Six countries that shut down their borders were evaluated. For Australia, the effects of the policy began to appear 4 days after implementation, and the number of COVID-19 cases dropped by 94.4%. The border shutdown policy took around 13.2 days to show positive effects and lowered COVID-19 cases by 91.7% on average by the end of February.
Conclusions
The border shutdowns in early February significantly reduced the spread of the virus. Our findings are informative for future planning of public health policies.
Summary

Citations

Citations to this article as recorded by  
  • Predisposing, Enabling, and Reinforcing Factors of COVID-19 Prevention Behavior in Indonesia: A Mixed-methods Study
    Putri Winda Lestari, Lina Agestika, Gusti Kumala Dewi
    Journal of Preventive Medicine and Public Health.2023; 56(1): 21.     CrossRef
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    Yohana Kifle Mekonen, Michael Agyemang Adarkwah
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  • Effectiveness assessment of non-pharmaceutical interventions: lessons learned from the COVID-19 pandemic
    Adrian Lison, Nicolas Banholzer, Mrinank Sharma, Sören Mindermann, H Juliette T Unwin, Swapnil Mishra, Tanja Stadler, Samir Bhatt, Neil M Ferguson, Jan Brauner, Werner Vach
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    Karen Ann Grépin, John Aston, Jacob Burns
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    Noah A Haber, Emma Clarke-Deelder, Avi Feller, Emily R Smith, Joshua A. Salomon, Benjamin MacCormack-Gelles, Elizabeth M Stone, Clara Bolster-Foucault, Jamie R Daw, Laura Anne Hatfield, Carrie E Fry, Christopher B Boyer, Eli Ben-Michael, Caroline M Joyce,
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    Nicolas Banholzer, Adrian Lison, Dennis Özcelik, Tanja Stadler, Stefan Feuerriegel, Werner Vach
    European Journal of Epidemiology.2022; 37(10): 1003.     CrossRef
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    Jules Brice Tchatchueng-Mbougua, Loique Landry Messanga Essengue, Francis Jaudel Septoh Yuya, Vanessa Kamtchogom, Achta Hamadou, Serge Alain Sadeuh-Mbah, Paul Alain Tagnouokam-Ngoupo, Maurice Tchuente, Richard Njouom, Sara Eyangoh, Mathurin Cyrille Tejiok
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  • International travel-related control measures to contain the COVID-19 pandemic: a rapid review
    Jacob Burns, Ani Movsisyan, Jan M Stratil, Renke Lars Biallas, Michaela Coenen, Karl MF Emmert-Fees, Karin Geffert, Sabine Hoffmann, Olaf Horstick, Michael Laxy, Carmen Klinger, Suzie Kratzer, Tim Litwin, Susan Norris, Lisa M Pfadenhauer, Peter von Philip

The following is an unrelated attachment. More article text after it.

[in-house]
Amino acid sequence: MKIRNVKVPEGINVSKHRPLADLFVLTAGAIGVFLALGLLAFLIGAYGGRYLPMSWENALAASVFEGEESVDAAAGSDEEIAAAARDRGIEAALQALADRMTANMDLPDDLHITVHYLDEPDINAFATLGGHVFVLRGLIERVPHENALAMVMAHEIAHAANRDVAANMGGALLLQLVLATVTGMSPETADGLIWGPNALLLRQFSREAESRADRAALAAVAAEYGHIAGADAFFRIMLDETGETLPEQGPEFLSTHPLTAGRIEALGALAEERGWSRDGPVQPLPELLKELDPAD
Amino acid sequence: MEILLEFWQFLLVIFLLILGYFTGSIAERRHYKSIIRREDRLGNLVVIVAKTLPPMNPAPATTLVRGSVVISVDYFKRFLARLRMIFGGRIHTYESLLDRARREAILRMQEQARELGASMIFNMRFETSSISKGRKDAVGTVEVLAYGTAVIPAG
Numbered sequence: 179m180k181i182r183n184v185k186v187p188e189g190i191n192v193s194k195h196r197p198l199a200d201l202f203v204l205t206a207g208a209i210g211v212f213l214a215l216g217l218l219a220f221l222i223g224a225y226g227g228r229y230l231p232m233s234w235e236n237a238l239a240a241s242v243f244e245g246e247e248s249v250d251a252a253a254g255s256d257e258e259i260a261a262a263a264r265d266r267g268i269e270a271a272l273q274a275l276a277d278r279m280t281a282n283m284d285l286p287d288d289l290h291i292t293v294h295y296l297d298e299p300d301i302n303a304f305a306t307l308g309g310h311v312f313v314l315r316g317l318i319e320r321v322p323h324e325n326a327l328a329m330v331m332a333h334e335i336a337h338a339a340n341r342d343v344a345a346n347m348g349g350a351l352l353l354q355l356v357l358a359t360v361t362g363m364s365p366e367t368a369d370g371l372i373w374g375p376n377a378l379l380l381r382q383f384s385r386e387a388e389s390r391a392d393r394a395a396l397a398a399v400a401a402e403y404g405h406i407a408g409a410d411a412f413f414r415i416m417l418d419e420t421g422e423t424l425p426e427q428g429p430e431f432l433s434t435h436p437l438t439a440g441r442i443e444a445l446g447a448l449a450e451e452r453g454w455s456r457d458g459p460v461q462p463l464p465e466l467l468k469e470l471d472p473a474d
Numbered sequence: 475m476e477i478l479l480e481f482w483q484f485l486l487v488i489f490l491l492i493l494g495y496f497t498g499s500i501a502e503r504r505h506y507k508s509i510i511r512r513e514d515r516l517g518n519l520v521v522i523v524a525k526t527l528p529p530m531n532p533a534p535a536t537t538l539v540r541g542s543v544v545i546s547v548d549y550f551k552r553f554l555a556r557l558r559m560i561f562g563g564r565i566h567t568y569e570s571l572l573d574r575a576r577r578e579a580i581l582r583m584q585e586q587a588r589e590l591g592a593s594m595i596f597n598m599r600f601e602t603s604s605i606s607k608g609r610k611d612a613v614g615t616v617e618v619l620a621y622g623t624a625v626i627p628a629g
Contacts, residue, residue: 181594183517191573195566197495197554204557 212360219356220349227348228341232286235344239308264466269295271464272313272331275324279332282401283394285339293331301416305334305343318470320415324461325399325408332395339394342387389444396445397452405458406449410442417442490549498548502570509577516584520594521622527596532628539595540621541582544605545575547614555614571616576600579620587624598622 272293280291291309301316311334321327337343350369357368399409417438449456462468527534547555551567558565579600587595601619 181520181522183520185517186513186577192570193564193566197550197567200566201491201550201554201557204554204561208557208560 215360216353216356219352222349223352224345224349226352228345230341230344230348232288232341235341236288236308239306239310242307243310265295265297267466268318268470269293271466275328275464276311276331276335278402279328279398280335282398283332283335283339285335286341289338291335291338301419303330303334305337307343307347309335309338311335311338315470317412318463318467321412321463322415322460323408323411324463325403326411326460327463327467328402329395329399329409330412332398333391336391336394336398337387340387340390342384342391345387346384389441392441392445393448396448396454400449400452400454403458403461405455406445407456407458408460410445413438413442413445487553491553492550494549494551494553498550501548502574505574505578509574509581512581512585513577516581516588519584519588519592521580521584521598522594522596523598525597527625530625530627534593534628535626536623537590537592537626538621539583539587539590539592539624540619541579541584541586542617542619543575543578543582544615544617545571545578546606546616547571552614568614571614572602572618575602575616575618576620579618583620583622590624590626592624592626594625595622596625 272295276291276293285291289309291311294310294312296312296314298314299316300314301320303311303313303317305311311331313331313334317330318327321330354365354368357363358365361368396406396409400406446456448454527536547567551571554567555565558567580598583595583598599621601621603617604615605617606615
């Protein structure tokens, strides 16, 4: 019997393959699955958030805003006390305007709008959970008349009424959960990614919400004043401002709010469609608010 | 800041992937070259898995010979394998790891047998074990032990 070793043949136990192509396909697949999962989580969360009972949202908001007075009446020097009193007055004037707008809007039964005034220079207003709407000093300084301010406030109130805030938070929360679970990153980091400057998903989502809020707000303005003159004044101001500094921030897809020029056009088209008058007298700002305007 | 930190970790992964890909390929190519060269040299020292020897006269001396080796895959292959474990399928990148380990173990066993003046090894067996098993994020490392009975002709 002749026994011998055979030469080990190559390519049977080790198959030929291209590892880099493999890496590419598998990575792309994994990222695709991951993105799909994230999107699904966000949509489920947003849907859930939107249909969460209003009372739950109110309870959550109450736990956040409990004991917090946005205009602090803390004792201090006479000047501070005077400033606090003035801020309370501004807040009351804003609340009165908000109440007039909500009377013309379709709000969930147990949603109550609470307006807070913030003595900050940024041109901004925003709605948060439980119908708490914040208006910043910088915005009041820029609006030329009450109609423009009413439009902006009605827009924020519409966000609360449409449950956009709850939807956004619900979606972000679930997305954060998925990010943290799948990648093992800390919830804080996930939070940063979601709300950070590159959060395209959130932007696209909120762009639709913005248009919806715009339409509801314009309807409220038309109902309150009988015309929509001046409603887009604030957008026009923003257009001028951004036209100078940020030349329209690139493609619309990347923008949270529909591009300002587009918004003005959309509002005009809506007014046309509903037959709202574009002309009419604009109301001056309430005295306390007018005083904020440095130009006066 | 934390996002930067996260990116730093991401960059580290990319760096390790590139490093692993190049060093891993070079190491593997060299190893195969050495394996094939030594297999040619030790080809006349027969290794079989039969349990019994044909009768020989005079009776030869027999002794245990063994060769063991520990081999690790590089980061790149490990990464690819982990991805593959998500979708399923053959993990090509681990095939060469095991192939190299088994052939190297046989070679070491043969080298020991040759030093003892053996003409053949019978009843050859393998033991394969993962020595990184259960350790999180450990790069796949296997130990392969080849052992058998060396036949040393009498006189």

Cochrane Database of Systematic Reviews.2021;[Epub]     CrossRef
  • Public health effects of travel-related policies on the COVID-19 pandemic: A mixed-methods systematic review
    Lama Bou-Karroum, Joanne Khabsa, Mathilda Jabbour, Nadeen Hilal, Zeinab Haidar, Pamela Abi Khalil, Rima Abdul Khalek, Jana Assaf, Gladys Honein-AbouHaidar, Clara Abou Samra, Layal Hneiny, Sameh Al-Awlaqi, Johanna Hanefeld, Fadi El-Jardali, Elie A. Akl, Ch
    Journal of Infection.2021; 83(4): 413.     CrossRef
  • Impact Evaluation of Coronavirus Disease 2019 Policy: A Guide to Common Design Issues
    Noah A Haber, Emma Clarke-Deelder, Joshua A Salomon, Avi Feller, Elizabeth A Stuart
    American Journal of Epidemiology.2021; 190(11): 2474.     CrossRef
Association of Comorbidities With Pneumonia and Death Among COVID-19 Patients in Mexico: A Nationwide Cross-sectional Study
Akram Hernández-Vásquez, Diego Azañedo, Rodrigo Vargas-Fernández, Guido Bendezu-Quispe
J Prev Med Public Health. 2020;53(4):211-219.   Published online May 28, 2020
DOI: https://doi.org/10.3961/jpmph.20.186
  • 8,612 View
  • 2,339 Download
  • 24 Crossref
AbstractAbstract PDF
Objectives
The goal of this study was to identify chronic conditions and multimorbidity patterns in patients with coronavirus disease 2019 (COVID-19) and to examine their associations with pneumonia and death.
Methods
This cross-sectional study analyzed the official data of COVID-19 patients in Mexico through May 18, 2020 (released by the Secretaría de Salud de México). Adjusted logistic regression models were applied to assess the associations of comorbidities with pneumonia and death. The marginal effects were estimated, and the probability of pneumonia or death according to the number of comorbidities was graphed for each year of age.
Results